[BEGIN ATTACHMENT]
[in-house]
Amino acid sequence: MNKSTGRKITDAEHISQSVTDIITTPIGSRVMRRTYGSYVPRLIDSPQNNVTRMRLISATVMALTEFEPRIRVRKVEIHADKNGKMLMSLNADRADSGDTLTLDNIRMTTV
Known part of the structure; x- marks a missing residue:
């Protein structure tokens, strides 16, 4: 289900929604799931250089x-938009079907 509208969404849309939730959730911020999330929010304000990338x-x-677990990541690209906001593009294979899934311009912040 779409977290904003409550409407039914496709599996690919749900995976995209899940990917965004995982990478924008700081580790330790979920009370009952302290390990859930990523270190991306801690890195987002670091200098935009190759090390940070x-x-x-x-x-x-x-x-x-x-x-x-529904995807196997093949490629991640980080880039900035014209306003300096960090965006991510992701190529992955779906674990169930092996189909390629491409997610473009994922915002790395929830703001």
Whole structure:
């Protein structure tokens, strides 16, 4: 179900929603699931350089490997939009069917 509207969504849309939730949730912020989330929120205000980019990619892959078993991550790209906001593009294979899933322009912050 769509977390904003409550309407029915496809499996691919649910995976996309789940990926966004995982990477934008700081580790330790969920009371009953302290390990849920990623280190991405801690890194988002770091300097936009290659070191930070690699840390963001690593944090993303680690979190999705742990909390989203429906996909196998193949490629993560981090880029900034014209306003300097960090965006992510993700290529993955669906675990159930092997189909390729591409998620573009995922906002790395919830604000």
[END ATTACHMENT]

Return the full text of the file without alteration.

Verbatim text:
[in-house]
Amino acid sequence: MNKSTGRKITDAEHISQSVTDIITTPIGSRVMRRTYGSYVPRLIDSPQNNVTRMRLISATVMALTEFEPRIRVRKVEIHADKNGKMLMSLNADRADSGDTLTLDNIRMTTV
Known part of the structure; x- marks a missing residue:
């Protein structure tokens, strides 16, 4: 289900929604799931250089x-938009079907 509208969404849309939730959730911020999330929010304000990338x-x-677990990541690209906001593009294979899934311009912040 779409977290904003409550409407039914496709599996690919749900995976995209899940990917965004995982990478924008700081580790330790979920009370009952302290390990859930990523270190991306801690890195987002670091200098935009190759090390940070x-x-x-x-x-x-x-x-x-x-x-x-529904995807196997093949490629991640980080880039900035014209306003300096960090965006991510992701190529992955779906674990169930092996189909390629491409997610473009994922915002790395929830703001």
Whole structure:
């Protein structure tokens, strides 16, 4: 179900929603699931350089490997939009069917 509207969504849309939730949730912020989330929120205000980019990619892959078993991550790209906001593009294979899933322009912050 769509977390904003409550309407029915496809499996691919649910995976996309789940990926966004995982990477934008700081580790330790969920009371009953302290390990849920990623280190991405801690890194988002770091300097936009290659070191930070690699840390963001690593944090993303680690979190999705742990909390989203429906996909196998193949490629993560981090880029900034014209306003300097960090965006992510993700290529993955669906675990159930092997189909390729591409998620573009995922906002790395919830604000």